International Journal of Cancer Studies & Research (IJCR)    IJCR-2167-9118-05-101

Are there any Dermoscopic Signs of Primary Cutaneous Follicular Center B-cell Lymphoma?


K.Moustaide1*, S.Gallouj, Aqil Niema, FZ. Mernissi

Dermatology Venerology hospital hassan II Fes, Morocco.

*Corresponding Author

Kaoutar Moustaide,
Dermatology, Venereology,
University Hospital Hassan II, Fes, Morocco.
Tel: 00212641796117
E-mail: kmoustaide@gmail.com

Received: February 11, 2016; Accepted: February 24, 2016; Published: February 29, 2016

Citation: K.Moustaide, S.Gallouj, Aqil Niema, FZ. Mernissi (2016) Are there any Dermoscopic Signs of Primary Cutaneous Follicular Center B-cell Lymphoma?. Int J Cancer Stud Res.5(1), 93-95.doi: dx.doi.org/10.19070/2167-9118-1500016.

Copyright: K.Moustaide© 2016. This is an open-access article distributed under the terms of the Creative Commons Attribution License, which permits unrestricted use, distribution and reproduction in any medium, provided the original author and source are credited.



Abstract

Cutaneous follicular center B-cell lymphoma is an indolent tumor that arise on head or neck. Histology by immunotyping with monoclonal antibodies in frozen or paraffin - embedded tissue is necessary for diagnosis. The tumor is usually treated by surgery or radiotherapy, although other treatments may be used such as interferon-α, chemotherapy, and biological agents. We report the case of a 70-year-old woman C, having a son followed in our department for Primary cutaneous follicular center B-Cell lymphoma who consulted for erythematous tumour in the temporal region that exhibit special features in dermoscopy and who was diagnosed with cutaneous follicular center B-cell lymphoma after biopsy, laboratory tests, thoracic-abdominal-pelvic computed tomography and abdominal ultrasound. These observation provide a first indication that early stage PCFCCL exhibits a characteristic dermoscopic pattern which is different. Prospective studies with long term follow-up are needed to determine the value of these dermoscopic.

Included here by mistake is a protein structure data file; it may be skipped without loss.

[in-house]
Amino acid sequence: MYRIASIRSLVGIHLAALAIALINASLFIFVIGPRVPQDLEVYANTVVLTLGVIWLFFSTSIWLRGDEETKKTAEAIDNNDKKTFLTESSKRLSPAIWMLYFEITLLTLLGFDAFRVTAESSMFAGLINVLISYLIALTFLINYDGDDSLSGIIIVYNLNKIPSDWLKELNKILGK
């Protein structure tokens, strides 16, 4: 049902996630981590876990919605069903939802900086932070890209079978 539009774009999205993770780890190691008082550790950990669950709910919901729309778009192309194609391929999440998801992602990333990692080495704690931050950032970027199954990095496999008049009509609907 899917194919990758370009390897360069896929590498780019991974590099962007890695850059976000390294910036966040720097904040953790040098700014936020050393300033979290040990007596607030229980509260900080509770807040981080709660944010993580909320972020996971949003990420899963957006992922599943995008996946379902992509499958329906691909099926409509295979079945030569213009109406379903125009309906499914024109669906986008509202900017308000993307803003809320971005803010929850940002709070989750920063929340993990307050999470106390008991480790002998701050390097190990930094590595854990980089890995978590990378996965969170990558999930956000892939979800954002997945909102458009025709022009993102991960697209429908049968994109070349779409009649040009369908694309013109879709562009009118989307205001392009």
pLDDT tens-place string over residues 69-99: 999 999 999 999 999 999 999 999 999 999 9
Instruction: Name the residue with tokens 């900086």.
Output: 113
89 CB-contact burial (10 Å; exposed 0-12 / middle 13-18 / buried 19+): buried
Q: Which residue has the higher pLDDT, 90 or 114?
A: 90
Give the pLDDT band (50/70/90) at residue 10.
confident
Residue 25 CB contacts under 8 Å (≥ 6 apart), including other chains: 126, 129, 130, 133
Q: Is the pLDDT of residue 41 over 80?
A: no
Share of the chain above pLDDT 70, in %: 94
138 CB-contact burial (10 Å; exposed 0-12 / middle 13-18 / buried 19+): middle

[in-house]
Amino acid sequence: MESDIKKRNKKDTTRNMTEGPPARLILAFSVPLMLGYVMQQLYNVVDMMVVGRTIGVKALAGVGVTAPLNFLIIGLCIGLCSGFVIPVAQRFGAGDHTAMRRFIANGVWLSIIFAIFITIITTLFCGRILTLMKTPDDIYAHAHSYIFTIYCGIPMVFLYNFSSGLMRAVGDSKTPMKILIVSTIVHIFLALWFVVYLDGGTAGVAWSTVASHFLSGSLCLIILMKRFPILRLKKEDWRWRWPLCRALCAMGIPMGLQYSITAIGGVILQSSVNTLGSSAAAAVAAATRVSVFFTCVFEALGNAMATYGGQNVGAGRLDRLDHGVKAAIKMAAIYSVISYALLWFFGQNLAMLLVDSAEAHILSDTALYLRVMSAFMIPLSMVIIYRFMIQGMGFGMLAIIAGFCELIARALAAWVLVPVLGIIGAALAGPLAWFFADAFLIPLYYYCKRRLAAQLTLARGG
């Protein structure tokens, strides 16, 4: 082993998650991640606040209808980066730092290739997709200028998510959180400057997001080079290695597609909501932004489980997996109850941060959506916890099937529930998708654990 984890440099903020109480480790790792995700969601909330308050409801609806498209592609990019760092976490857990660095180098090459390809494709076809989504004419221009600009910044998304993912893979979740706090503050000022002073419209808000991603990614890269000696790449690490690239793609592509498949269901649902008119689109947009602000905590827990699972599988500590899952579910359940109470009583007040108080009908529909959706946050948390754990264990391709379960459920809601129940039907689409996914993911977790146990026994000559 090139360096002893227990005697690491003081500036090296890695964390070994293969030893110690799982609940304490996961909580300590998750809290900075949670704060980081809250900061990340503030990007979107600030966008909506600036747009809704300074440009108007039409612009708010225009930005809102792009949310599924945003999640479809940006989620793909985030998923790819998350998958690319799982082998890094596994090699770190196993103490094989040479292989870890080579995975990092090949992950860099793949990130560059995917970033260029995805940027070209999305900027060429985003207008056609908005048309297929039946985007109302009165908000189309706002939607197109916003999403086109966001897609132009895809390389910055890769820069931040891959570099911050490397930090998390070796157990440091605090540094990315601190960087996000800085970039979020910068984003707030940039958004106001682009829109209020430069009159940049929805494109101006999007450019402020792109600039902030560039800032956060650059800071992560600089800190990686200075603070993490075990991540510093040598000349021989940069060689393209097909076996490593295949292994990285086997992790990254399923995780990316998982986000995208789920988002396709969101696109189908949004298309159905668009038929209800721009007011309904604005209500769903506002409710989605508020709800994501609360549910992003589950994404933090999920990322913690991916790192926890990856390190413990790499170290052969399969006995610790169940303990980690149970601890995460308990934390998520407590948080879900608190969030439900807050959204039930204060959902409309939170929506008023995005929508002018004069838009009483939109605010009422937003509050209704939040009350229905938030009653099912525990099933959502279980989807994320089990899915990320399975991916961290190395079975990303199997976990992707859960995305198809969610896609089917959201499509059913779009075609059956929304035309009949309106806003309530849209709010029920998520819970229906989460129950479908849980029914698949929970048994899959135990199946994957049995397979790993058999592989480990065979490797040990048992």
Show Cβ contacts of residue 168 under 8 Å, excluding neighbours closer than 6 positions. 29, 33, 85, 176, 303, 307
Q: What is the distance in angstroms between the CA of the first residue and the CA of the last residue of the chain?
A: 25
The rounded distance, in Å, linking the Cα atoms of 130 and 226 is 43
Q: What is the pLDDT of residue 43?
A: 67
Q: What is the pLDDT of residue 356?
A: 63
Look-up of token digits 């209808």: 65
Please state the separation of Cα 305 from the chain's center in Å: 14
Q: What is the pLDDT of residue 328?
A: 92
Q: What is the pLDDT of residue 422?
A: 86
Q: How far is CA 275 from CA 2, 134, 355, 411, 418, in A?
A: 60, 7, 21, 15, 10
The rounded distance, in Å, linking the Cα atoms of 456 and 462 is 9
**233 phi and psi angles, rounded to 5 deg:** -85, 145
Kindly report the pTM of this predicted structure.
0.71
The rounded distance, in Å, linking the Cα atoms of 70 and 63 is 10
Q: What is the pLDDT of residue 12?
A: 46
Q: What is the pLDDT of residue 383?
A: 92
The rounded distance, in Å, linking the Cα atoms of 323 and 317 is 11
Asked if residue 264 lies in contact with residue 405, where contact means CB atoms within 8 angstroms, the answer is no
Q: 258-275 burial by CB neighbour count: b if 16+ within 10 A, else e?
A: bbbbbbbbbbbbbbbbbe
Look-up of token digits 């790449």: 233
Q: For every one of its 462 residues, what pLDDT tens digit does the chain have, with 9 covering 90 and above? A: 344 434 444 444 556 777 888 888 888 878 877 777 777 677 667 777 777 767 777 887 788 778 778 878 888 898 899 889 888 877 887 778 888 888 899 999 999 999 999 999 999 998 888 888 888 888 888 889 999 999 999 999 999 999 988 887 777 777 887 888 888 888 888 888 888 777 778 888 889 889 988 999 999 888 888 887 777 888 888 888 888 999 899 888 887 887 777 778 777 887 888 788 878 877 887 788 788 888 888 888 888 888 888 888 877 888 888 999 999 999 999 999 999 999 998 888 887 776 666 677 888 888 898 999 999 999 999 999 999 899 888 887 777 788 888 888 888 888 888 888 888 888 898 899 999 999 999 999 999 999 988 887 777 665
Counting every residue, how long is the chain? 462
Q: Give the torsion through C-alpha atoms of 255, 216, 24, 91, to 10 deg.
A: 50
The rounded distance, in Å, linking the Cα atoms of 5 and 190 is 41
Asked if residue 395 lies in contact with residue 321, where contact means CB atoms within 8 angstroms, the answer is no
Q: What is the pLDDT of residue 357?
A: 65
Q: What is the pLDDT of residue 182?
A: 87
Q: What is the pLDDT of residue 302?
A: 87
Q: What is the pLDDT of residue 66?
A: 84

1.Keywords
2.Introduction
3.Case Report
4.Discussion
5.Conclusion
6.References

Keywords

Primary Cutaneous Follicular Center B-cell Lymphoma; Dermoscopy; Hereditary.


Introduction

We report a primary cutaneous follicular center cell lymphoma (PCFCCL) with its dermoscopy that arose on face of a 70-yearold women who has a son followed for PCFCCL.

This case is unusual because PCFCCL rarely arises on the face, and to the best of our knowledge the hereditary character and the dermoscopy of PCFCCL has so far been published in the English literature.


Case Report

A 70 year old women with a family history of a son followed in our hospital for histological proven follicular B Cell lymphoma, who underwent surgical resection with good evolution, presented with a two months history of a growing mass on the right parietal region.

Physical examination revealed a well-demarcated erythematous 4*3 cm tumor with hard- elastic consistency, non pulsatile and indolent extending in the temporal region (Figure 1).



Figure 1. Erythematous tumor in the temporal region.


No lymphadenopathy, abdominal masses, or organomegaly were detected.

In front of this clinical presentation we thought about many diagnosis such us PCFCCL, Extranodal NK cell lymphoma, Merkel Carcinoma, Melanoma, Darier disease, Sarcoidosis, Pseudolymphoma, Adnexal tumor? and a Foreign body granuloma.